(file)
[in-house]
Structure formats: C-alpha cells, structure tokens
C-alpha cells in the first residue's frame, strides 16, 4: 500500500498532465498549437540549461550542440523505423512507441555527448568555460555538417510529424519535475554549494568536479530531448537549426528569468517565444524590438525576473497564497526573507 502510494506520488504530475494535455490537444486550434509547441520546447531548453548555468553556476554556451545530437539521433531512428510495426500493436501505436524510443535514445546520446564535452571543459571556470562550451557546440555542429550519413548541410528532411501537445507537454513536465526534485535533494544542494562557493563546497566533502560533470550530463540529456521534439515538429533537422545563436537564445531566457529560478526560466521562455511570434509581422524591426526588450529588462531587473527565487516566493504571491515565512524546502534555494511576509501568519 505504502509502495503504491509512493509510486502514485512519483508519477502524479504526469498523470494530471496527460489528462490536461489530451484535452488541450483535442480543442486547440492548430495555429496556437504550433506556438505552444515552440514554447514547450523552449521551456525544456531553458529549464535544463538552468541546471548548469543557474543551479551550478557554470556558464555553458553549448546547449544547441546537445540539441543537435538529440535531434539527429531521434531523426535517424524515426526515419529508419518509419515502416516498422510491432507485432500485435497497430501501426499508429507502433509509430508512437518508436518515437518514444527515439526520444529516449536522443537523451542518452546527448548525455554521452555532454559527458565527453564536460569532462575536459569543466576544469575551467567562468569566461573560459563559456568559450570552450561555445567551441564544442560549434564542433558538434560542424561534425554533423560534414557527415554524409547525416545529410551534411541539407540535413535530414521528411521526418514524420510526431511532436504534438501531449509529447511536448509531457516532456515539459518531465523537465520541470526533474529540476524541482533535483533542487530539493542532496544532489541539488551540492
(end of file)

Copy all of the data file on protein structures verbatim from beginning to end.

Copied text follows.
[in-house]
Structure formats: C-alpha cells, structure tokens
C-alpha cells in the first residue's frame, strides 16, 4: 500500500498532465498549437540549461550542440523505423512507441555527448568555460555538417510529424519535475554549494568536479530531448537549426528569468517565444524590438525576473497564497526573507 502510494506520488504530475494535455490537444486550434509547441520546447531548453548555468553556476554556451545530437539521433531512428510495426500493436501505436524510443535514445546520446564535452571543459571556470562550451557546440555542429550519413548541410528532411501537445507537454513536465526534485535533494544542494562557493563546497566533502560533470550530463540529456521534439515538429533537422545563436537564445531566457529560478526560466521562455511570434509581422524591426526588450529588462531587473527565487516566493504571491515565512524546502534555494511576509501568519 505504502509502495503504491509512493509510486502514485512519483508519477502524479504526469498523470494530471496527460489528462490536461489530451484535452488541450483535442480543442486547440492548430495555429496556437504550433506556438505552444515552440514554447514547450523552449521551456525544456531553458529549464535544463538552468541546471548548469543557474543551479551550478557554470556558464555553458553549448546547449544547441546537445540539441543537435538529440535531434539527429531521434531523426535517424524515426526515419529508419518509419515502416516498422510491432507485432500485435497497430501501426499508429507502433509509430508512437518508436518515437518514444527515439526520444529516449536522443537523451542518452546527448548525455554521452555532454559527458565527453564536460569532462575536459569543466576544469575551467567562468569566461573560459563559456568559450570552450561555445567551441564544442560549434564542433558538434560542424561534425554533423560534414557527415554524409547525416545529410551534411541539407540535413535530414521528411521526418514524420510526431511532436504534438501531449509529447511536448509531457516532456515539459518531465523537465520541470526533474529540476524541482533535483533542487530539493542532496544532489541539488551540492